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The Roaring Twenties

(1939 b 106')

En: 7 Ed: 6


Two war veterans go into bootlegging and violence, but a lawyer turns straight and wins the wholesome girl.

In 1918 Eddie Bartlett (James Cagney), George Hally (Humphrey Bogart) and lawyer Lloyd Hart (Jeffrey Lynn) fight Germans. After the war Eddie comes home to cab-driver Danny Green (Frank McHugh) in New York. Eddie can't find a job and discovers that correspondent Jean Sherman (Priscilla Lane) is in high school. Prohibition becomes effective in 1920 with the Volstead Act. Eddie is arrested delivering a bottle. Lloyd gets Panama Smith (Gladys George) acquitted; Eddie gets sixty days, but Panama pays his $100 fine and takes him to a speakeasy, putting him in the liquor business. Eddie and Danny make it in a bathtub. Eddie hires convicts and pays Lloyd for buying more cabs. Eddie goes to collect money from a show producer and sees Jean dancing. He accompanies her home on the train and learns her mother died. Eddie has Jean audition singing "Melancholy Baby" for Panama and Pete Henderson (Edward Keane) and gets her hired for $100 a week. Eddie shows Jean the deceptive business and has Danny hire people to applaud her. Eddie bought a diamond for Jean, who sings "I'm Just Wild About Harry." Jean says she needs time, and Eddie promises to get out of boot-legging.

Eddie asks Nick Brown (Paul Kelly) to sell him good stuff, but Brown calls him "penny ante." On a boat Eddie has men board George's boat. Eddie stops the fighting with a gun and steals Brown's liquor as George warns him about Brown. George and Eddie decide to be partners. In 1924 boot-legging becomes more violent with Tommy guns. Eddie and George mug two guards and steal from a government warehouse with trucks. George kills their war sergeant (Joe Sawyer). Jean sings "It Had to Be You." Panama tells Lloyd that Jean is his kind, like Eddie and her. George warns Eddie about Jean and Lloyd. Jean thanks Eddie for the radio. Jean tells Lloyd she can't hurt Eddie. Brown comes in, and Eddie knocks him out. Lloyd tells Eddie he quit, and Eddie buys the club. Eddie finds Danny's body left on the curb. Eddie goes after Brown, but George refuses and calls Brown to warn him. Brown prepares the restaurant; but in the shoot-out Eddie kills Brown. Eddie warns George, and Panama tells Eddie that Jean quit and is in love with Lloyd. Eddie socks Lloyd and apologizes.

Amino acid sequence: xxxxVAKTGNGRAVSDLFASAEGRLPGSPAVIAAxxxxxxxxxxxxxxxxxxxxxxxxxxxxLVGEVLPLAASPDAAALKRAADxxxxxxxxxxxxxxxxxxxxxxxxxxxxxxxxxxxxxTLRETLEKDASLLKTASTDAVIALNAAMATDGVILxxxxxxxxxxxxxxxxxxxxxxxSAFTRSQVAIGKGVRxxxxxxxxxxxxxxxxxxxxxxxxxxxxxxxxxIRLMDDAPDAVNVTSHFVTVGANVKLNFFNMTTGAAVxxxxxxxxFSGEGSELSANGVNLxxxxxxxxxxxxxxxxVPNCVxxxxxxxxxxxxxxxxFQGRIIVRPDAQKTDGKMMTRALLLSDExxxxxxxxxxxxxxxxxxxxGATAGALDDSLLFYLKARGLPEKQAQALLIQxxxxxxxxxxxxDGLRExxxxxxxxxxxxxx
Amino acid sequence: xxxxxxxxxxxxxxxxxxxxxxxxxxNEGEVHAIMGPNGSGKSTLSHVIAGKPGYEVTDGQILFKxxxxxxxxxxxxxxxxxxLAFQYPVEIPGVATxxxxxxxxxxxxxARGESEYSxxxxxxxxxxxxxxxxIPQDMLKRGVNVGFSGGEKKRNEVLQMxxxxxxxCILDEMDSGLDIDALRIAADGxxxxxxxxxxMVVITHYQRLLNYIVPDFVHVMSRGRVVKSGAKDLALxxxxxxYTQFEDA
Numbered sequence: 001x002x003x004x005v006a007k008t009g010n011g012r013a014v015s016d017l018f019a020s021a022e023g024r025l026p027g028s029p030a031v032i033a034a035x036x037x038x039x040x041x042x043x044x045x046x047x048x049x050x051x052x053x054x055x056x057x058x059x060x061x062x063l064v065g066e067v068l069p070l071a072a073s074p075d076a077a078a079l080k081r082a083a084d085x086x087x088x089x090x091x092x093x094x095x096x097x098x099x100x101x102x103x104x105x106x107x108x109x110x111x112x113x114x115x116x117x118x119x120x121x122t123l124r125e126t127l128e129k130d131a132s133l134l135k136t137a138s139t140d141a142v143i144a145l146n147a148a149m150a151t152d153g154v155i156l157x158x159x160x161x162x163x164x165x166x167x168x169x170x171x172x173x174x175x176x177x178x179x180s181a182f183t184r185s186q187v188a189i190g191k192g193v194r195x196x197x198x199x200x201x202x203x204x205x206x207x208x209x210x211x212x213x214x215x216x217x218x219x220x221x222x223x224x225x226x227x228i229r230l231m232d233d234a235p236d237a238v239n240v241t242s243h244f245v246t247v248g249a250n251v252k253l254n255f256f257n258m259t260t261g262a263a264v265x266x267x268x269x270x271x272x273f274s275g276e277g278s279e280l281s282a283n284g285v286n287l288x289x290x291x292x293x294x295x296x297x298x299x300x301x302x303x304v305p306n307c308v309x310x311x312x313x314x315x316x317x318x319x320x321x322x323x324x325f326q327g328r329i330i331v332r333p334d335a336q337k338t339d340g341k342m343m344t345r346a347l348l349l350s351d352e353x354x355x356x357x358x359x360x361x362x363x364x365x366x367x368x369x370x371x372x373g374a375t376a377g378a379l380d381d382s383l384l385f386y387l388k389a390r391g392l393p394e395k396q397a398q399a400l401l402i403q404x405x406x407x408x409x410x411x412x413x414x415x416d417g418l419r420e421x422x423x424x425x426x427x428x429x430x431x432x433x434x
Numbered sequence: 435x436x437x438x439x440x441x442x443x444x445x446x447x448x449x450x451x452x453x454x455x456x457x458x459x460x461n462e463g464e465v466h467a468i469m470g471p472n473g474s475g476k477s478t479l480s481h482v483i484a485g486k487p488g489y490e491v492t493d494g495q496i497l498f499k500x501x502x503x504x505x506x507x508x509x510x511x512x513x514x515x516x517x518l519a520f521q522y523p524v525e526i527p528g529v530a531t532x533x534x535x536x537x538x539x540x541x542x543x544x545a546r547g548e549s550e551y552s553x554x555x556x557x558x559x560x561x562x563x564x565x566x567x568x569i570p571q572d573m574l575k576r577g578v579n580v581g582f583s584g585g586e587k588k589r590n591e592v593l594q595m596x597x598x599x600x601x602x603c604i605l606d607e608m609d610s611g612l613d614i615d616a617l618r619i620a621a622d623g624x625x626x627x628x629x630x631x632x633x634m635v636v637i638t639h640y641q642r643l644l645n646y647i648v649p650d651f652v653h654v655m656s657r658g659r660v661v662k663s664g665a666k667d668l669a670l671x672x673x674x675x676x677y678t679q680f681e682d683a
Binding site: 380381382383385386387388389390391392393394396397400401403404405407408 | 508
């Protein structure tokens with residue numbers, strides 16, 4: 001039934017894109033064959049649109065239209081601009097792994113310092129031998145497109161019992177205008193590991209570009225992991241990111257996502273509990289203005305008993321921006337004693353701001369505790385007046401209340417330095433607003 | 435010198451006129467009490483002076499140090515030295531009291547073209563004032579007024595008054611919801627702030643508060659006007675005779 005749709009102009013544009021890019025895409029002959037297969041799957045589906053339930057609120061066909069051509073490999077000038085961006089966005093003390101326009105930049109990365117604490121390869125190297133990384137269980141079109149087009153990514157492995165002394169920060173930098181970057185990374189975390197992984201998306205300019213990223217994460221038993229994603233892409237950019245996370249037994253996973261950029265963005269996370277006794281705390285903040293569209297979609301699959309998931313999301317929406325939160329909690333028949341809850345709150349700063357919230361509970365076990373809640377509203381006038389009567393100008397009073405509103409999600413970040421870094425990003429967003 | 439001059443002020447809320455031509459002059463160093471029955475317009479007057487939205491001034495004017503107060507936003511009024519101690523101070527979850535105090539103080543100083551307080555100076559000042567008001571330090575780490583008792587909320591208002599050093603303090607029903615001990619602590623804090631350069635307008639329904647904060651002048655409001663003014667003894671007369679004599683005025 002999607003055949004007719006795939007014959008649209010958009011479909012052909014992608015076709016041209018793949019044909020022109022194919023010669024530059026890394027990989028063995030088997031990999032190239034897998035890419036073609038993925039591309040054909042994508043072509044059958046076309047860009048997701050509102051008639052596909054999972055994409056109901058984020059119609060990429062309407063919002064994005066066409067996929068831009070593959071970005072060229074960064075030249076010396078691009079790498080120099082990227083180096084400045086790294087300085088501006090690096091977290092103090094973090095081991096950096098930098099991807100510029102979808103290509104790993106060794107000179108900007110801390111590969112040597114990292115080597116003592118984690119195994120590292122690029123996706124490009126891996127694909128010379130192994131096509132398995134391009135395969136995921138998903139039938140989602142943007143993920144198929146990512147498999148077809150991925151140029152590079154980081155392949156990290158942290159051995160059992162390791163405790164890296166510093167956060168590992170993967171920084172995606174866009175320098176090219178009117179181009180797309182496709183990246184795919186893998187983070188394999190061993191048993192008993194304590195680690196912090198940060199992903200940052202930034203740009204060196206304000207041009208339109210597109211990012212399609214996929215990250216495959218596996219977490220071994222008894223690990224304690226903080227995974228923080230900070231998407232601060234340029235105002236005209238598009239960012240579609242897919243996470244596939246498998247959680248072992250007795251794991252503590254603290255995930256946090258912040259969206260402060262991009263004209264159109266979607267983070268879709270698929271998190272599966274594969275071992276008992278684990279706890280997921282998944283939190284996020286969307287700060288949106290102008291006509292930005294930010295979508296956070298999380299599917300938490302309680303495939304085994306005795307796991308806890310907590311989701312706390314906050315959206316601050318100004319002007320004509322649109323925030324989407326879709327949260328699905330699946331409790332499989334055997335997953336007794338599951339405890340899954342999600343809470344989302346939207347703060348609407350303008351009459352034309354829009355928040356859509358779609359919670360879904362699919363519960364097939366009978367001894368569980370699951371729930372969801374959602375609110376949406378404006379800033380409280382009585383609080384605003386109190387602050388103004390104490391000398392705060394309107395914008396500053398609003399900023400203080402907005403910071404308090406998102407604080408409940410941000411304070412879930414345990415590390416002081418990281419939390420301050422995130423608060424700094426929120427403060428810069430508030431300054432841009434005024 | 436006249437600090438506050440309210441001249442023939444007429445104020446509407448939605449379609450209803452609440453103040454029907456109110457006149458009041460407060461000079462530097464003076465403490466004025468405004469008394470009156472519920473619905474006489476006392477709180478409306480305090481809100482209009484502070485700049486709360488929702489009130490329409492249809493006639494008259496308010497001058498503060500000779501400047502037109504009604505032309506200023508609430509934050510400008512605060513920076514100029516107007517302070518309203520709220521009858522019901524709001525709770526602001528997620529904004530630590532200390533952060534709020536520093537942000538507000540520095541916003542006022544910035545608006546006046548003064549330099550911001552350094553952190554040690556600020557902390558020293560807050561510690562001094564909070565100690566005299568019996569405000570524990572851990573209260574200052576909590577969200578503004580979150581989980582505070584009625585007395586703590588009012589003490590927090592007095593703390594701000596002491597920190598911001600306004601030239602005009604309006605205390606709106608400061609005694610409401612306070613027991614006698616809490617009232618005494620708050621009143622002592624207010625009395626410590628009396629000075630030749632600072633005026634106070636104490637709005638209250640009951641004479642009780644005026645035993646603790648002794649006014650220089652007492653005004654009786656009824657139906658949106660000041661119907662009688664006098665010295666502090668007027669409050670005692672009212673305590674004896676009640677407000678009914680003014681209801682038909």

When the stocks crash, Eddie sells his cabs to George for $200,000. Boot-legging does badly, and Eddie is arrested. In 1933 Prohibition is repealed. Eddie drives a cab and picks up Jean, who says that Lloyd is working for the D. A. Eddie warns Lloyd about George. Two of George's men threaten Jean that Lloyd better not accuse George. Dismal Eddie drinks with Panama. Jean comes in and asks Eddie for help. He says no but calls on George and asks him to lay off Lloyd. George refuses, and Eddie shoots him and two others but is shot fleeing, dying on the steps of a church in Panama's arms.

This drama reflects the violence that resulted from the attempt to ban alcohol as men trained to use guns in the war turned to crime.

Copyright © 2001 by Sanderson Beck

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